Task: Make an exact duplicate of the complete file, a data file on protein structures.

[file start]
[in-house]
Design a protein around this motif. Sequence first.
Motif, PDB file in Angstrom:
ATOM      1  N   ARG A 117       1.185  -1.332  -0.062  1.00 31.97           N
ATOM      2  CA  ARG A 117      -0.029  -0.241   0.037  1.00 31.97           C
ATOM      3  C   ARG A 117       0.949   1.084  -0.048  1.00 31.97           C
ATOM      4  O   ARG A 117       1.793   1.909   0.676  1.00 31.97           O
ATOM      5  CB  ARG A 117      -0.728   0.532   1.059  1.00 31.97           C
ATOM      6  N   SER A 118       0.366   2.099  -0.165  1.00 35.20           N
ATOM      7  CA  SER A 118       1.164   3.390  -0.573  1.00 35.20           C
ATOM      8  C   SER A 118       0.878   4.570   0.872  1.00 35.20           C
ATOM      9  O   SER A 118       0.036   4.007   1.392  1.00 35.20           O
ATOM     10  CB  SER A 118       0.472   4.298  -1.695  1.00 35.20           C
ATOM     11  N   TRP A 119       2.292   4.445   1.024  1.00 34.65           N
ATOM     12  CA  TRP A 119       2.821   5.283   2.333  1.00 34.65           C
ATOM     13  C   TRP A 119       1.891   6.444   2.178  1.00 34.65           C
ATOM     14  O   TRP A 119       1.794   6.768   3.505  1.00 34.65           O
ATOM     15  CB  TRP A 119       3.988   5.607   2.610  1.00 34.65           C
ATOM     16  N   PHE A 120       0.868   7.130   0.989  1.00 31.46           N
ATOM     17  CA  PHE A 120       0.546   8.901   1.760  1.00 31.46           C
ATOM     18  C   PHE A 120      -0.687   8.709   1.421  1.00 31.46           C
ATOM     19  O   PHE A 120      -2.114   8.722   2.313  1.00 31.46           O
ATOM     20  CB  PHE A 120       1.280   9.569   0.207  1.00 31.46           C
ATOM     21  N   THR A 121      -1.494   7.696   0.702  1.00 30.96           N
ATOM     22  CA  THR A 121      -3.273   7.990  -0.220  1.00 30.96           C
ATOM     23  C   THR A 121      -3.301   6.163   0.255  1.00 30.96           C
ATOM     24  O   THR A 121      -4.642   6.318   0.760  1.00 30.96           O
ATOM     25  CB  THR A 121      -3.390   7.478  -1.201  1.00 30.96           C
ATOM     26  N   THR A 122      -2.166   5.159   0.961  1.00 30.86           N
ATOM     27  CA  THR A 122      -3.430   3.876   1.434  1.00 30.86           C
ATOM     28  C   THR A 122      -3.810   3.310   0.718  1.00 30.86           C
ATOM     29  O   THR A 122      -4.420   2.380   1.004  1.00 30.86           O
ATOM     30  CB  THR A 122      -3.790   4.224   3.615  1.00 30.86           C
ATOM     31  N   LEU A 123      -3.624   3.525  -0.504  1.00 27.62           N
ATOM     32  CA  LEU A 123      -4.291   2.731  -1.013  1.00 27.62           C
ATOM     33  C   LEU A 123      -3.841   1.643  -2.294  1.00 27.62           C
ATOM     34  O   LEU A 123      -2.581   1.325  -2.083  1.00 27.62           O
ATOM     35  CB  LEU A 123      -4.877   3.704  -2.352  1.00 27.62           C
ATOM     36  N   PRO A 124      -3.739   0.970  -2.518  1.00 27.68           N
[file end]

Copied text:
[in-house]
Design a protein around this motif. Sequence first.
Motif, PDB file in Angstrom:
ATOM      1  N   ARG A 117       1.185  -1.332  -0.062  1.00 31.97           N
ATOM      2  CA  ARG A 117      -0.029  -0.241   0.037  1.00 31.97           C
ATOM      3  C   ARG A 117       0.949   1.084  -0.048  1.00 31.97           C
ATOM      4  O   ARG A 117       1.793   1.909   0.676  1.00 31.97           O
ATOM      5  CB  ARG A 117      -0.728   0.532   1.059  1.00 31.97           C
ATOM      6  N   SER A 118       0.366   2.099  -0.165  1.00 35.20           N
ATOM      7  CA  SER A 118       1.164   3.390  -0.573  1.00 35.20           C
ATOM      8  C   SER A 118       0.878   4.570   0.872  1.00 35.20           C
ATOM      9  O   SER A 118       0.036   4.007   1.392  1.00 35.20           O
ATOM     10  CB  SER A 118       0.472   4.298  -1.695  1.00 35.20           C
ATOM     11  N   TRP A 119       2.292   4.445   1.024  1.00 34.65           N
ATOM     12  CA  TRP A 119       2.821   5.283   2.333  1.00 34.65           C
ATOM     13  C   TRP A 119       1.891   6.444   2.178  1.00 34.65           C
ATOM     14  O   TRP A 119       1.794   6.768   3.505  1.00 34.65           O
ATOM     15  CB  TRP A 119       3.988   5.607   2.610  1.00 34.65           C
ATOM     16  N   PHE A 120       0.868   7.130   0.989  1.00 31.46           N
ATOM     17  CA  PHE A 120       0.546   8.901   1.760  1.00 31.46           C
ATOM     18  C   PHE A 120      -0.687   8.709   1.421  1.00 31.46           C
ATOM     19  O   PHE A 120      -2.114   8.722   2.313  1.00 31.46           O
ATOM     20  CB  PHE A 120       1.280   9.569   0.207  1.00 31.46           C
ATOM     21  N   THR A 121      -1.494   7.696   0.702  1.00 30.96           N
ATOM     22  CA  THR A 121      -3.273   7.990  -0.220  1.00 30.96           C
ATOM     23  C   THR A 121      -3.301   6.163   0.255  1.00 30.96           C
ATOM     24  O   THR A 121      -4.642   6.318   0.760  1.00 30.96           O
ATOM     25  CB  THR A 121      -3.390   7.478  -1.201  1.00 30.96           C
ATOM     26  N   THR A 122      -2.166   5.159   0.961  1.00 30.86           N
ATOM     27  CA  THR A 122      -3.430   3.876   1.434  1.00 30.86           C
ATOM     28  C   THR A 122      -3.810   3.310   0.718  1.00 30.86           C
ATOM     29  O   THR A 122      -4.420   2.380   1.004  1.00 30.86           O
ATOM     30  CB  THR A 122      -3.790   4.224   3.615  1.00 30.86           C
ATOM     31  N   LEU A 123      -3.624   3.525  -0.504  1.00 27.62           N
ATOM     32  CA  LEU A 123      -4.291   2.731  -1.013  1.00 27.62           C
ATOM     33  C   LEU A 123      -3.841   1.643  -2.294  1.00 27.62           C
ATOM     34  O   LEU A 123      -2.581   1.325  -2.083  1.00 27.62           O
ATOM     35  CB  LEU A 123      -4.877   3.704  -2.352  1.00 27.62           C
ATOM     36  N   PRO A 124      -3.739   0.970  -2.518  1.00 27.68           N